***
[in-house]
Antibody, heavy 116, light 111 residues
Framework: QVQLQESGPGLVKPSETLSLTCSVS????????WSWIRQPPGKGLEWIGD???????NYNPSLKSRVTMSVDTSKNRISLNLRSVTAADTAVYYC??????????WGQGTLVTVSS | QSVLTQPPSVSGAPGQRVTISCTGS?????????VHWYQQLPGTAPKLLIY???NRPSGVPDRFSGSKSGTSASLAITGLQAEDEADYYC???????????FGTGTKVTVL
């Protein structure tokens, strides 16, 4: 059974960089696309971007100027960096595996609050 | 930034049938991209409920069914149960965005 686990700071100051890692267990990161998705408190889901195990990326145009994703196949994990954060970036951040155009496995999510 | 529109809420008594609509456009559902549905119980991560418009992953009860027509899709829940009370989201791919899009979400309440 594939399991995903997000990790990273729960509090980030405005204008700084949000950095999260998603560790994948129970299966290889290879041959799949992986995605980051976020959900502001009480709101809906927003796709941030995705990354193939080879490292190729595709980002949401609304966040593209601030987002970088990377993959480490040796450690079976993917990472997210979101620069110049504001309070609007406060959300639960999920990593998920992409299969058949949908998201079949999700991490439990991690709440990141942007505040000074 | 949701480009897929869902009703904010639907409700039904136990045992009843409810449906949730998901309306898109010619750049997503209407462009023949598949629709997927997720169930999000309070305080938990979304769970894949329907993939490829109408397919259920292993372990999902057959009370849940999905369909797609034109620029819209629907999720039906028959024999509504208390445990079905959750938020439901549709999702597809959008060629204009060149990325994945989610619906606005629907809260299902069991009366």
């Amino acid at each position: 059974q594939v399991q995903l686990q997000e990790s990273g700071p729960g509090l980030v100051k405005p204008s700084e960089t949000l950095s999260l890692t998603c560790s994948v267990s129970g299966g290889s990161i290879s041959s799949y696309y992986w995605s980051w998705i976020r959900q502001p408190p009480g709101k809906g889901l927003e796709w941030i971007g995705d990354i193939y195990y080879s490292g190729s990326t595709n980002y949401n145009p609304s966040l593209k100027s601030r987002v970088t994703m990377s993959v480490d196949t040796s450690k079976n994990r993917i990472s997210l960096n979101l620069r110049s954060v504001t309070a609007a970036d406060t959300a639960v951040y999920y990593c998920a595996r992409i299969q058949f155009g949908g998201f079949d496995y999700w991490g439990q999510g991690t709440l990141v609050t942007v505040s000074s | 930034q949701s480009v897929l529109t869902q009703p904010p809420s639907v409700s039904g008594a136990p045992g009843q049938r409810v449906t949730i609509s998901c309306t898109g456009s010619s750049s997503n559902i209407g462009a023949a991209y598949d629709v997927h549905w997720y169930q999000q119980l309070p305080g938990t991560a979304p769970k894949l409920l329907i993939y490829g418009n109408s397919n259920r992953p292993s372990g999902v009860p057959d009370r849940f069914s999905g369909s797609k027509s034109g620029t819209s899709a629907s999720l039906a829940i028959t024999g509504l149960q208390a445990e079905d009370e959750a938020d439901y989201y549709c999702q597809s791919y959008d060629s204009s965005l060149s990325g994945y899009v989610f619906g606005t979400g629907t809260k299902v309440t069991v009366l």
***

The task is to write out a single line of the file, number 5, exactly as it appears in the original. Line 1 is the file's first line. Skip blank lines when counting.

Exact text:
């Amino acid at each position: 059974q594939v399991q995903l686990q997000e990790s990273g700071p729960g509090l980030v100051k405005p204008s700084e960089t949000l950095s999260l890692t998603c560790s994948v267990s129970g299966g290889s990161i290879s041959s799949y696309y992986w995605s980051w998705i976020r959900q502001p408190p009480g709101k809906g889901l927003e796709w941030i971007g995705d990354i193939y195990y080879s490292g190729s990326t595709n980002y949401n145009p609304s966040l593209k100027s601030r987002v970088t994703m990377s993959v480490d196949t040796s450690k079976n994990r993917i990472s997210l960096n979101l620069r110049s954060v504001t309070a609007a970036d406060t959300a639960v951040y999920y990593c998920a595996r992409i299969q058949f155009g949908g998201f079949d496995y999700w991490g439990q999510g991690t709440l990141v609050t942007v505040s000074s | 930034q949701s480009v897929l529109t869902q009703p904010p809420s639907v409700s039904g008594a136990p045992g009843q049938r409810v449906t949730i609509s998901c309306t898109g456009s010619s750049s997503n559902i209407g462009a023949a991209y598949d629709v997927h549905w997720y169930q999000q119980l309070p305080g938990t991560a979304p769970k894949l409920l329907i993939y490829g418009n109408s397919n259920r992953p292993s372990g999902v009860p057959d009370r849940f069914s999905g369909s797609k027509s034109g620029t819209s899709a629907s999720l039906a829940i028959t024999g509504l149960q208390a445990e079905d009370e959750a938020d439901y989201y549709c999702q597809s791919y959008d060629s204009s965005l060149s990325g994945y899009v989610f619906g606005t979400g629907t809260k299902v309440t069991v009366l």